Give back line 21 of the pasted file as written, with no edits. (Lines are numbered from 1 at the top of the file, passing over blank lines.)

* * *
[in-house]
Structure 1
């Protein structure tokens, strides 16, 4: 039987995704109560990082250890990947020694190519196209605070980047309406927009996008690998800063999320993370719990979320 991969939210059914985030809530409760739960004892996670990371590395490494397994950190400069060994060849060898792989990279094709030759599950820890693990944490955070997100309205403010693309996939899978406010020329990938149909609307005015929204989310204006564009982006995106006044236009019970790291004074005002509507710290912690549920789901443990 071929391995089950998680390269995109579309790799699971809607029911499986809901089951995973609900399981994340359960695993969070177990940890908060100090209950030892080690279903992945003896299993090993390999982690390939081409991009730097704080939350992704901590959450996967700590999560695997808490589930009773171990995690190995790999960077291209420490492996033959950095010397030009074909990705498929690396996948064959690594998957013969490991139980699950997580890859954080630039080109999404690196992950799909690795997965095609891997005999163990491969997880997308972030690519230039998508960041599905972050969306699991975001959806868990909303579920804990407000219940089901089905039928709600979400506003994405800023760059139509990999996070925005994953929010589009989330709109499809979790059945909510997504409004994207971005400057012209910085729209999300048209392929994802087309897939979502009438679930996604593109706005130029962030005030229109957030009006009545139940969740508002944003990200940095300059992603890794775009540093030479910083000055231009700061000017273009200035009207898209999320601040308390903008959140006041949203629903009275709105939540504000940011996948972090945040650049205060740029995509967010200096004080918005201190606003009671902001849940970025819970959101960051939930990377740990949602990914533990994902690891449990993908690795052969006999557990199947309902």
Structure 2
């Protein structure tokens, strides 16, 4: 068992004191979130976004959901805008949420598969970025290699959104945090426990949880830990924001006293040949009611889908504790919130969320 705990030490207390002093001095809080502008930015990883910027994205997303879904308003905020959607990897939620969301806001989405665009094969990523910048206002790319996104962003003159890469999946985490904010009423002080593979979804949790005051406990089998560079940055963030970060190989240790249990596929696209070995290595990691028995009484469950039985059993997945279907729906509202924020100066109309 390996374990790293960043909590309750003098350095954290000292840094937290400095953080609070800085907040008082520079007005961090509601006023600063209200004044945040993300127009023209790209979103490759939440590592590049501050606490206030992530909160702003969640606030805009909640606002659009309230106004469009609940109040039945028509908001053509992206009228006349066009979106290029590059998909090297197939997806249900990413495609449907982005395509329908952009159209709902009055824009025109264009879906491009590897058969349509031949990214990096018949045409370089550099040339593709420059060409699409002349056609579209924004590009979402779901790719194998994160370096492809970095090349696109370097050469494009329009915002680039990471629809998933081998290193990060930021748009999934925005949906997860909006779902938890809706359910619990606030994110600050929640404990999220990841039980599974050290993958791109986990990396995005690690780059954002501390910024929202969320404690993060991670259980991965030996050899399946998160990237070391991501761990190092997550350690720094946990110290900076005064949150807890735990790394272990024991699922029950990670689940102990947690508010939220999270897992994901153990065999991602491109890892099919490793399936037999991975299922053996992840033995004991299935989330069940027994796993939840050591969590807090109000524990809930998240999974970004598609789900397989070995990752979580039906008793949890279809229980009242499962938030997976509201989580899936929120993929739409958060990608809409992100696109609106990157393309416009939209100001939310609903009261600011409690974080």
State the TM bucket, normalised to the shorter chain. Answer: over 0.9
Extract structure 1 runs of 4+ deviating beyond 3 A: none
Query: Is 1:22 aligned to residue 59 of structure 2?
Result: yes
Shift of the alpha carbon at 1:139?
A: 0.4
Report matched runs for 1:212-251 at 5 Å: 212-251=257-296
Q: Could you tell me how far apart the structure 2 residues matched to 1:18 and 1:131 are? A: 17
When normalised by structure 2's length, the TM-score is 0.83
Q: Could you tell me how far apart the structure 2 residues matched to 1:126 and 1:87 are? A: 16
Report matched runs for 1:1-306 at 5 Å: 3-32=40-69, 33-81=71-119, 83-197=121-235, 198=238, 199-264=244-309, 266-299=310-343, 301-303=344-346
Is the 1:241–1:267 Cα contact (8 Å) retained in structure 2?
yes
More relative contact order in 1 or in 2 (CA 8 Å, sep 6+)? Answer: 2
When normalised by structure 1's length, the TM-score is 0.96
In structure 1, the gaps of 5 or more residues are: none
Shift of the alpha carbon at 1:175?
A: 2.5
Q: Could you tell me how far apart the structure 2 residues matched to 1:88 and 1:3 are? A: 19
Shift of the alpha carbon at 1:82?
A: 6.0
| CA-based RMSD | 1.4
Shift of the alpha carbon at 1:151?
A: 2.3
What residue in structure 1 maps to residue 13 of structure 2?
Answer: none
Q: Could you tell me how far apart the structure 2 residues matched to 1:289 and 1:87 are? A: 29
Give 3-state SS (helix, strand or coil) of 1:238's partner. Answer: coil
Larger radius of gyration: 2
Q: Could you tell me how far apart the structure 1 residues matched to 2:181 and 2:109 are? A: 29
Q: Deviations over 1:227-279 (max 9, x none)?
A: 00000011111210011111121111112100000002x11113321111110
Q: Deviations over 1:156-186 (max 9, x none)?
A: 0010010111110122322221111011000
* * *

In structure 1, the gaps of 5 or more residues are: none